A deductible is the amount of money you have to pay out of pocket before your insurance company starts paying for your medical expenses. Deductibles are a common feature of health insurance plans, and they can have a significant impact on your insurance premiums.
In general, the higher your deductible, the lower your insurance premium will be. This is because insurance companies use deductibles to spread the risk among their policyholders. With a higher deductible, fewer people will file claims, which means that the insurance company can charge lower premiums to everyone.
Of course, there is a trade-off. With a higher deductible, you will have to pay more out of pocket for your medical expenses. If you have a lot of medical expenses, a high deductible could end up costing you more money in the long run.
What Deductible Is Right?
So, how do you decide what deductible is right for you? There is no one-size-fits-all answer, but there are a few things you can consider:
- Your budget: How much can you afford to pay out of pocket for your medical expenses?
- Your health: How often do you see the doctor? If you have a chronic condition, you may want to choose a lower deductible so that you don’t have to pay a lot of money for your medical care.
- Your lifestyle: If you are active and participate in risky activities, you may want to choose a higher deductible so that you don’t have to pay a lot of money for high-cost medical care.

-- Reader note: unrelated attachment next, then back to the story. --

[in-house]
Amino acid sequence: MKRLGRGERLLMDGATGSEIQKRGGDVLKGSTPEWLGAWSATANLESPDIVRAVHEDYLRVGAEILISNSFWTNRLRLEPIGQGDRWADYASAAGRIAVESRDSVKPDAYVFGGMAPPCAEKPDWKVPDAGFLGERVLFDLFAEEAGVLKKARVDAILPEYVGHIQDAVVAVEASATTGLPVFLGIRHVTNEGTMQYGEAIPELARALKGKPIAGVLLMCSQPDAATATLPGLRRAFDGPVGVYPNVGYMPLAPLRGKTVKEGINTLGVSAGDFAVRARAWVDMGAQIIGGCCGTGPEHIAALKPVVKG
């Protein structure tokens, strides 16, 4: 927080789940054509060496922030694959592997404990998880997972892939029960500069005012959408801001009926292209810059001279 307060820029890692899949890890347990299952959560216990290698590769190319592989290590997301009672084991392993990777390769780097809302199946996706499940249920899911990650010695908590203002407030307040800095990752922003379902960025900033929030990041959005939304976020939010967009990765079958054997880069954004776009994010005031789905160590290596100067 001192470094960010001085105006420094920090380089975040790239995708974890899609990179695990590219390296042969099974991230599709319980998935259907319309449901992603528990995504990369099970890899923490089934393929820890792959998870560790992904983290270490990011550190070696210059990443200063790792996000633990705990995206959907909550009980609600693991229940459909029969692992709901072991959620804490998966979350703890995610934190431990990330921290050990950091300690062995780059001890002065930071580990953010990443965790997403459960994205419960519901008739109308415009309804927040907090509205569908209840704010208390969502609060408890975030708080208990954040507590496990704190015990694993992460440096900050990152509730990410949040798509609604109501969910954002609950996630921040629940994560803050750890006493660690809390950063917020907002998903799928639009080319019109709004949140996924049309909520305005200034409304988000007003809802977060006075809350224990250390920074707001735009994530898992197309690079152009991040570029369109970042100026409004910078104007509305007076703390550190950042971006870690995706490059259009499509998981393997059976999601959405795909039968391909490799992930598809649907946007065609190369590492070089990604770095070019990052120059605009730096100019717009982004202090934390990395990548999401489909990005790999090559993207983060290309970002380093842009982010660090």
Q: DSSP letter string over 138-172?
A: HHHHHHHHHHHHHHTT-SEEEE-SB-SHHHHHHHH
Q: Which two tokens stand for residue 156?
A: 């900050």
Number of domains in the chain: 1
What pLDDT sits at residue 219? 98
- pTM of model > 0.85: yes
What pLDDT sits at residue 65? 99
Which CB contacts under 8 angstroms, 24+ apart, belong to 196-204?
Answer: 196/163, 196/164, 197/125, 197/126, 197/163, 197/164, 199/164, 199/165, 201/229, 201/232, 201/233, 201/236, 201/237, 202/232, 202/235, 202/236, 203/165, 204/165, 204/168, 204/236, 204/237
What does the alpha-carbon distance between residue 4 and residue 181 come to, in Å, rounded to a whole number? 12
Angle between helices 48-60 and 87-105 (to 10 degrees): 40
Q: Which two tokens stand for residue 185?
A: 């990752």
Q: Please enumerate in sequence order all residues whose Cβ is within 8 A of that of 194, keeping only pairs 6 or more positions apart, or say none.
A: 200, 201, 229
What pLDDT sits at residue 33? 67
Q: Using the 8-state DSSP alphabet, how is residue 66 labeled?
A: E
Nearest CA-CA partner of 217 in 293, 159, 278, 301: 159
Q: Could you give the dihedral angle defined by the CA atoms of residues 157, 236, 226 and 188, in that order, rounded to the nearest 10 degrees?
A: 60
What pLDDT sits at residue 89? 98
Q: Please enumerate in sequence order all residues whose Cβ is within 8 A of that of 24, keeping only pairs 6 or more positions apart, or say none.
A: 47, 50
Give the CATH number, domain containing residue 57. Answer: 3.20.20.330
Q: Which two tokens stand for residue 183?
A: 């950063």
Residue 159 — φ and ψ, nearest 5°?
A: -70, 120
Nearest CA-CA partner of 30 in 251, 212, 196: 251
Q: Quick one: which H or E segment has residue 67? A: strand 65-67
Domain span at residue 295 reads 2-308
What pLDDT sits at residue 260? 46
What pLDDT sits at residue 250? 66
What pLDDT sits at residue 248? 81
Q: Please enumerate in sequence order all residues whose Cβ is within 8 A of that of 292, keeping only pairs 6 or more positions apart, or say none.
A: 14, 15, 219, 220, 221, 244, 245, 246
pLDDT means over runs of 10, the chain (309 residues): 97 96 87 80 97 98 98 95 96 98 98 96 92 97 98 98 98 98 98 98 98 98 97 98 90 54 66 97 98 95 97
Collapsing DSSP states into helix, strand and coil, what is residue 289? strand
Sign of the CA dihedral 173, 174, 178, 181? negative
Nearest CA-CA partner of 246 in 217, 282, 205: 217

Once you have considered these factors, you can start to compare different insurance plans and find one that has a deductible that fits your needs and budget.
Things About Deductibles
Here are some additional things to keep in mind about deductibles:
- Pre-existing conditions: If you have a pre-existing condition, you may not be able to choose a plan with a high deductible. This is because the Affordable Care Act requires all health insurance plans to cover pre-existing conditions, regardless of the deductible.
- Coinsurance: In addition to a deductible, many health insurance plans also have a coinsurance requirement. Coinsurance is the percentage of the cost of your medical expenses that you are responsible for paying after you have met your deductible. For example, if your plan has a 20% coinsurance requirement, you will be responsible for paying 20% of the cost of your medical expenses after you have met your $1,000 deductible.
- Out-of-pocket maximum: The out-of-pocket maximum is the most you will have to pay for your medical expenses in a year. Once you have reached your out-of-pocket maximum, your insurance company will pay 100% of the cost of your medical expenses for the rest of the year.
By understanding how deductibles work, you can make an informed decision about which health insurance plan is right for you.